Claudia Karvan (left) and Ashleigh Cummings star in Puberty Blues.
Actor Stephen Curry grins as he recalls showing up to work on the wrong set. Currently shooting the second season of the ABC drama The Time of Our Lives, Curry was driving to the designated location in Melbourne's southern suburbs and spotted the unmistakable signs of a unit base - a line of vans and a marquee to accommodate the cast and crew as they eat their meals at trestle tables. He arrived only to realise that these were not his people.
Curry's experience is an indication of just how much local production is under way, and that mini-boom is evident most nights on our TVs. Through the first block of the ratings year - which stretches from early February to Easter - four of the five free-to-air networks have had at least one local drama series in prime time. Some have more, and many of these shows have substantial and consistent audiences.
The ABC has screened Rake, The Doctor Blake Mysteries and Janet King. Nine has Fat Tony & Co and Love Child. Seven has Winners & Losers, and Ten has Secrets & Lies and Puberty Blues.
But wait, there's more. As this batch wraps, there are new productions waiting in the wings and others poised to return. The ABC is set to launch The Gods of Wheat Street and the third Jack Irish telemovie; Ten has Offspring returning for its fifth season; and Seven has A Place to Call Home starting its second season. On pay TV, Foxtel has the second season of Wentworth set for May.
Overall, with the strong debut of Seven's Resurrection aside, imported drama series are no longer the drawcards that they once were. So while it might not exactly be a golden age for local drama - because that could be an exaggeration or a cliche - it's unquestionably a purple patch, a period of unprecedented diversity and abundance. And that's worth celebrating. This is a time when Australians are able to enjoy homegrown stories - the buzz of seeing our own cities on screen and streets that we might recognise, of hearing our own accents in an array of productions, from contemporary crime and domestic dramas to period pieces.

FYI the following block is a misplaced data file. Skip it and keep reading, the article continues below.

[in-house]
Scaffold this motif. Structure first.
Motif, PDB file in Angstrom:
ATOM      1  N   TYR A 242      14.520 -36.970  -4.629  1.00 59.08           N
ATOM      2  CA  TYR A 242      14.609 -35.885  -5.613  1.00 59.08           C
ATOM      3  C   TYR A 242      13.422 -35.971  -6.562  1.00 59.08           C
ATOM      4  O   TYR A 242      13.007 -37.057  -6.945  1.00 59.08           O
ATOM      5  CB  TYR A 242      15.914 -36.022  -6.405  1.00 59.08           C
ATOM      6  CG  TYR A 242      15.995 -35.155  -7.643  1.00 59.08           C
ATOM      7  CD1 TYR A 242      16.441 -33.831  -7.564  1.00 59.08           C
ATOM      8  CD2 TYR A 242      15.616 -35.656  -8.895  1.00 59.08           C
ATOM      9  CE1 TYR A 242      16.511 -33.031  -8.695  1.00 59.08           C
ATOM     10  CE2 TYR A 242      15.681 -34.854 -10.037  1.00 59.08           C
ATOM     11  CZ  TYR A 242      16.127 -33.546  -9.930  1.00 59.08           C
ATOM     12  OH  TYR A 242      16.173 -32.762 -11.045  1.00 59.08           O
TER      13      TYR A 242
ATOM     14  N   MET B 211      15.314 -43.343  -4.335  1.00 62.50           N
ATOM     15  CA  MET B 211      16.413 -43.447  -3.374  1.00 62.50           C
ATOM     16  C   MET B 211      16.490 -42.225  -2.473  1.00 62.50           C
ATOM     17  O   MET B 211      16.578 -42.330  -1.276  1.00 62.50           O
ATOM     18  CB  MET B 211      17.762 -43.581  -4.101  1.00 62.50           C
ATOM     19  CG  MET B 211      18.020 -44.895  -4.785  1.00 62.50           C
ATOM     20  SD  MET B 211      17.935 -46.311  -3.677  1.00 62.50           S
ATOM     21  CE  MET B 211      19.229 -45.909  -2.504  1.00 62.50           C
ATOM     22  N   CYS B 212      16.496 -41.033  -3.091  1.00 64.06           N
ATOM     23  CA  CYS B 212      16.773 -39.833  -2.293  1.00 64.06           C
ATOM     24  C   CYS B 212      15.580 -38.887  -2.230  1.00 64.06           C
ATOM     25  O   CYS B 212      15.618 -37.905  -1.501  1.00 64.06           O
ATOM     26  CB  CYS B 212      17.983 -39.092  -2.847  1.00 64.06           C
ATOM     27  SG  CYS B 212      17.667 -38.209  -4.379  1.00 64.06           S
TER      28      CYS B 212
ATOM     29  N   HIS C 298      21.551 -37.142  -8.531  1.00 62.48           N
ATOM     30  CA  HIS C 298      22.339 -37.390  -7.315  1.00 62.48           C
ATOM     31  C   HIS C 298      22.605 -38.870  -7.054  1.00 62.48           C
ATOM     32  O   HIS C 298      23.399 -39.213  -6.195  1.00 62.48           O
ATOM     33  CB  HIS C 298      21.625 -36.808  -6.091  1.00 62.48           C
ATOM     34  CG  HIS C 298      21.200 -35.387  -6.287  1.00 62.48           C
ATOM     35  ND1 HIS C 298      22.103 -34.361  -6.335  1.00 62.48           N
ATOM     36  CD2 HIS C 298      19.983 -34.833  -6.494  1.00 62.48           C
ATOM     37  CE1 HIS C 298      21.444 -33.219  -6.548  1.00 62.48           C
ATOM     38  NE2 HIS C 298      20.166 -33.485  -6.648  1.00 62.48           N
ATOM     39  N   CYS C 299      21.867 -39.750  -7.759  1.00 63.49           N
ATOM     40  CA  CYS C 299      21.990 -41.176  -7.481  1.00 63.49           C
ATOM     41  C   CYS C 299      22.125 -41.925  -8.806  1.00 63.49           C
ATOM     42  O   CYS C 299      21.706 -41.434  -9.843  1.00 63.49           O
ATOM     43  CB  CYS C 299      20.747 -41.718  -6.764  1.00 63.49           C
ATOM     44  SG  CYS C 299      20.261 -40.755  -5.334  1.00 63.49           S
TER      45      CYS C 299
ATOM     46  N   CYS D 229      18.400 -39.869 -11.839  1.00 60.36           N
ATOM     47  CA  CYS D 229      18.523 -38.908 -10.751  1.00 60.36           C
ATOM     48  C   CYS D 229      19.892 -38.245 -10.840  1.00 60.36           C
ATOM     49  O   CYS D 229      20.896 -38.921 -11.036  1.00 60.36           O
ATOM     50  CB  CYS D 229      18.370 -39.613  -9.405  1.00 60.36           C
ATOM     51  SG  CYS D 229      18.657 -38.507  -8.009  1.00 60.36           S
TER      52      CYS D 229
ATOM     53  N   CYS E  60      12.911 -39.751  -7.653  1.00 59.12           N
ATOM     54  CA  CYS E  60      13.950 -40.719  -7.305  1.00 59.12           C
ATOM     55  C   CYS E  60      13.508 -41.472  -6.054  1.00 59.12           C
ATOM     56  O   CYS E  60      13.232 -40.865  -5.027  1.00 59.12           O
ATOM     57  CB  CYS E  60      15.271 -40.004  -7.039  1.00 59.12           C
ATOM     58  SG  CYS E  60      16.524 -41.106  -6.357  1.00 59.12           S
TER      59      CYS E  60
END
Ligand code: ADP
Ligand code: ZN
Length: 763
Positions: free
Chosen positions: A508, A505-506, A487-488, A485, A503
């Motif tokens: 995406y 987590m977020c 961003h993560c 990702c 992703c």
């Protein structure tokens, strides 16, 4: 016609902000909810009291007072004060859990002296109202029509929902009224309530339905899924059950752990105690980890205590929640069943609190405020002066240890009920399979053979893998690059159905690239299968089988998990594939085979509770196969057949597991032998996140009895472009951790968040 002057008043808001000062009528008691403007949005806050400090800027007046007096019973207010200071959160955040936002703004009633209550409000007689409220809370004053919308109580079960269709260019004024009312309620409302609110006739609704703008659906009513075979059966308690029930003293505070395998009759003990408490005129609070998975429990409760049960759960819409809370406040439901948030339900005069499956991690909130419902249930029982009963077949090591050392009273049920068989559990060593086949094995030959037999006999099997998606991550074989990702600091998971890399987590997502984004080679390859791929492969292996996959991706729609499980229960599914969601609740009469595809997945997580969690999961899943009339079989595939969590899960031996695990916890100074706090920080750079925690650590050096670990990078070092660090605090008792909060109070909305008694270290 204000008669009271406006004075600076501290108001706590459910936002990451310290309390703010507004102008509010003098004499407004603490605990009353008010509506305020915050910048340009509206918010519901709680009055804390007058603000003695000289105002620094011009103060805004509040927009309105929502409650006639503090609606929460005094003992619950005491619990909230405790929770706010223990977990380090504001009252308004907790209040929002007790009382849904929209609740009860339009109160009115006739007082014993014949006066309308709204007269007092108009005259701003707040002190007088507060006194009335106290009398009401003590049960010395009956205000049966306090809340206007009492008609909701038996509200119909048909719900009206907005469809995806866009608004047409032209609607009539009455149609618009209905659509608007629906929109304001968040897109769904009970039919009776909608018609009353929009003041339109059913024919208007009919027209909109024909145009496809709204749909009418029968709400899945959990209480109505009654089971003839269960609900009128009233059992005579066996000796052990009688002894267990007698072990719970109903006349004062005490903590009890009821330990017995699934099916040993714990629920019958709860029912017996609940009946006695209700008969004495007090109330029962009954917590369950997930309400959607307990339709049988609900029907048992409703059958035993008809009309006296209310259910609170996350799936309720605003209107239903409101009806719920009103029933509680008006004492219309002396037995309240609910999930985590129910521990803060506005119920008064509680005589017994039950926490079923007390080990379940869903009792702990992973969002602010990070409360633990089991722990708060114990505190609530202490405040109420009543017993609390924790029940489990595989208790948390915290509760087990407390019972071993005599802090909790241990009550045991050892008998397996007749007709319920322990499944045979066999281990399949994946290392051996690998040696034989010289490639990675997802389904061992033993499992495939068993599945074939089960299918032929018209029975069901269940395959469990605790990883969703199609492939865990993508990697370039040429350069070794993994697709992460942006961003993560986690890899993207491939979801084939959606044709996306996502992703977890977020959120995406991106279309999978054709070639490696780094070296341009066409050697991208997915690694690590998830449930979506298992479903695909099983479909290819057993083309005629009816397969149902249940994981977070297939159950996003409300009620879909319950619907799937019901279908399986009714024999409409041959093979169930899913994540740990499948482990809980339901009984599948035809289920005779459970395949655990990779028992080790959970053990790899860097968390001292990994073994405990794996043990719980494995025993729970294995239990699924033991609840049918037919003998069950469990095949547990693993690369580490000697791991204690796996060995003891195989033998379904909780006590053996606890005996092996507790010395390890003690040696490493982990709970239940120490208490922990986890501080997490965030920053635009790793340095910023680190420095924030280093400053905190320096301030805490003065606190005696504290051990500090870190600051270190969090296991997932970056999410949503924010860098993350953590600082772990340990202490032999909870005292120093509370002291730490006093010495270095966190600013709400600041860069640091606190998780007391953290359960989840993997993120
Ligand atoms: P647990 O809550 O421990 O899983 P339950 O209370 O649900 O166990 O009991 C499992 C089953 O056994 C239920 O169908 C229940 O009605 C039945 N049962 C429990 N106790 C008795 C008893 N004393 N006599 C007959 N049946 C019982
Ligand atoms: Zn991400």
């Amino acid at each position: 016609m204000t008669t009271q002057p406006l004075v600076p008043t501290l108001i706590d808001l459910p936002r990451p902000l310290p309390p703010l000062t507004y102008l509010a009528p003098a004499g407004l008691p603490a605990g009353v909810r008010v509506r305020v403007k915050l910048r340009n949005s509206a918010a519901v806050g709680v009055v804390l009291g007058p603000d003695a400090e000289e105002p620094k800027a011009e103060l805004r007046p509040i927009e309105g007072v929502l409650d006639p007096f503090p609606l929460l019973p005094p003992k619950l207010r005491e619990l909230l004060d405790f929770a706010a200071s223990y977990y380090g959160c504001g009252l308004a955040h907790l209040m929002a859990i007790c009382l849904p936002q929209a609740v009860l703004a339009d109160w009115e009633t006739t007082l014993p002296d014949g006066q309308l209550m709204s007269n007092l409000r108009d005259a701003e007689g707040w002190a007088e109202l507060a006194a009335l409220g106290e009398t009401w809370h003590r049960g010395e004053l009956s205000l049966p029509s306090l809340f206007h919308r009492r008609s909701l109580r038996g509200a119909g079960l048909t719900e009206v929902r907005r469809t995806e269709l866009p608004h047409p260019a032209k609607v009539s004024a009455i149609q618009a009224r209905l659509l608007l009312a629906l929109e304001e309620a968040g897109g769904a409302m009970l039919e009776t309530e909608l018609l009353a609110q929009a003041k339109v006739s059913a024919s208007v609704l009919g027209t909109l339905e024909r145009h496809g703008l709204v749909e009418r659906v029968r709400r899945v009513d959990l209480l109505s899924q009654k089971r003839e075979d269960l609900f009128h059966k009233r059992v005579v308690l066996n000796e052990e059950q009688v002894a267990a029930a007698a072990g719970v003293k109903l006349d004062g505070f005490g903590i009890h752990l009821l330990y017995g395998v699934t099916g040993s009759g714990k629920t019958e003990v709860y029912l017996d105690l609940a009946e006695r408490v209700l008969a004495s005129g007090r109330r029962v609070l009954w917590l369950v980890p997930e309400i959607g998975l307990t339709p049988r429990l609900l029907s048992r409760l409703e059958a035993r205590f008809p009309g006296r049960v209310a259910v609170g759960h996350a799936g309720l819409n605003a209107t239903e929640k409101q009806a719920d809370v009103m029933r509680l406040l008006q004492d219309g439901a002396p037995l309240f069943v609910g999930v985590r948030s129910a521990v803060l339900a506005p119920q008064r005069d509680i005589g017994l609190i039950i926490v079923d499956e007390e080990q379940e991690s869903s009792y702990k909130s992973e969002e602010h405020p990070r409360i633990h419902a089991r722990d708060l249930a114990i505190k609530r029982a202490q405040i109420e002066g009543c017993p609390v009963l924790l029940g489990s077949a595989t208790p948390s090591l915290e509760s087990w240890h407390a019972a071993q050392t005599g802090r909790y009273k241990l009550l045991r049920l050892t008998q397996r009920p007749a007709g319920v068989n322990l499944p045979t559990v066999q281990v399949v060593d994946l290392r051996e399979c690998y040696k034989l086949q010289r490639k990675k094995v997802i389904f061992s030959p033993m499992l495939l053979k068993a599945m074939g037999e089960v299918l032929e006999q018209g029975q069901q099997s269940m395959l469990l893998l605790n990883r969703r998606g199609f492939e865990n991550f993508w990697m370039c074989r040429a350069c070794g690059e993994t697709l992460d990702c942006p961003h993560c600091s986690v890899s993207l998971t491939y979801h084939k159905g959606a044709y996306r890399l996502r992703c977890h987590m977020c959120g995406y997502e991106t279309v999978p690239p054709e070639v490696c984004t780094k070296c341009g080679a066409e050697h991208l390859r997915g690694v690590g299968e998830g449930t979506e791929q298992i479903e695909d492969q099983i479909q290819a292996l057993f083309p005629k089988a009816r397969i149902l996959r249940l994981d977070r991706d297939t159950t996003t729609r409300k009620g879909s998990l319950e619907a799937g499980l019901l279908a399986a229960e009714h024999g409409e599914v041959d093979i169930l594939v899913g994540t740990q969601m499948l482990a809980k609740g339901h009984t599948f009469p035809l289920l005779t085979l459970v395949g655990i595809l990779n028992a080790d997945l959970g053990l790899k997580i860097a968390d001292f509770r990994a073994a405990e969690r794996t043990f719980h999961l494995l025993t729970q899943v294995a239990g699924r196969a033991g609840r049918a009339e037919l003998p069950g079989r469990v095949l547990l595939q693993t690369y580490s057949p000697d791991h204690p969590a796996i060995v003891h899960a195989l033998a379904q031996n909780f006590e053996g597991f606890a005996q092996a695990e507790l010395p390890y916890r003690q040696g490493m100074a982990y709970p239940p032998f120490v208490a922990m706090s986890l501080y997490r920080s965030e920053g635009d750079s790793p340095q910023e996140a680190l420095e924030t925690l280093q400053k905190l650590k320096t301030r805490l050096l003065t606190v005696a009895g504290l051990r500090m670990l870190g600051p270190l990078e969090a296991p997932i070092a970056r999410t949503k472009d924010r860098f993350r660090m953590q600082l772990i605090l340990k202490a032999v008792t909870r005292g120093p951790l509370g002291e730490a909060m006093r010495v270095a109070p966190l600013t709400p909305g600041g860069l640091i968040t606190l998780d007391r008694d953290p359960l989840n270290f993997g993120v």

One of the pleasures of this proliferation is the opportunity it offers to see so many fine ensembles at work and to realise the depth and quality of the pool of acting talent available here.
Robert Mammone, originally cast as Tony Mokbel in the first season of Underbelly in 2008, found his character there relegated to a fleeting presence due to legal action.
Now, on Fat Tony & Co, he is front and centre and making a meal of the part, playing the drug lord with a compelling combination of ferocity and cunning, and balancing that with his duties as an attentive family man.
On Love Child, Ella Scott Lynch and Ryan Corr, as Shirley and Johnny, the troubled lovers and worried parents, have invested their characters with affecting depth and poignancy.
Then there's the magnificent Claudia Karvan, who'll be seen again as lawyer and discarded wife Caroline in The Time of Our Lives, but is currently on-screen working her magic as Judy Vickers, the wife, mother and school principal in Puberty Blues.
Karvan excels at playing not-especially-likeable characters - brittle, uptight, slightly smug and even cold women whose fragile shells crack before our eyes. Gradually, she allows her characters to reveal their vulnerability and humanity, encouraging us to understand and even empathise with them. The development of Judy's relationship with the wayward, needy and sometimes malicious Cheryl (Charlotte Best) - another beautifully drawn character - has been one of the more surprising and intriguing developments of the show's impressive second season.
Karvan is a standout, but Puberty Blues features a uniformly impressive cast.
Rodger Corser, as the demanding and philandering Ferris, presents a perfectly executed portrait of male frustration and rage.
Meanwhile, Sean Keenan, as his wounded son Gary, is a wrenching study of the consequences of growing up in the shadow of such troubled masculinity.
With this show, singling any of the actors out for special mention seems like a disservice to the others, as it offers a range of satisfyingly complex characters, and the well-chosen cast brings them to full-blooded life.
Vividly depicting a community scarred by quiet desperation and what director Glendyn Ivin has described as ''casual brutality'', it's a shining light at a time when the local drama scene is looking particularly bright.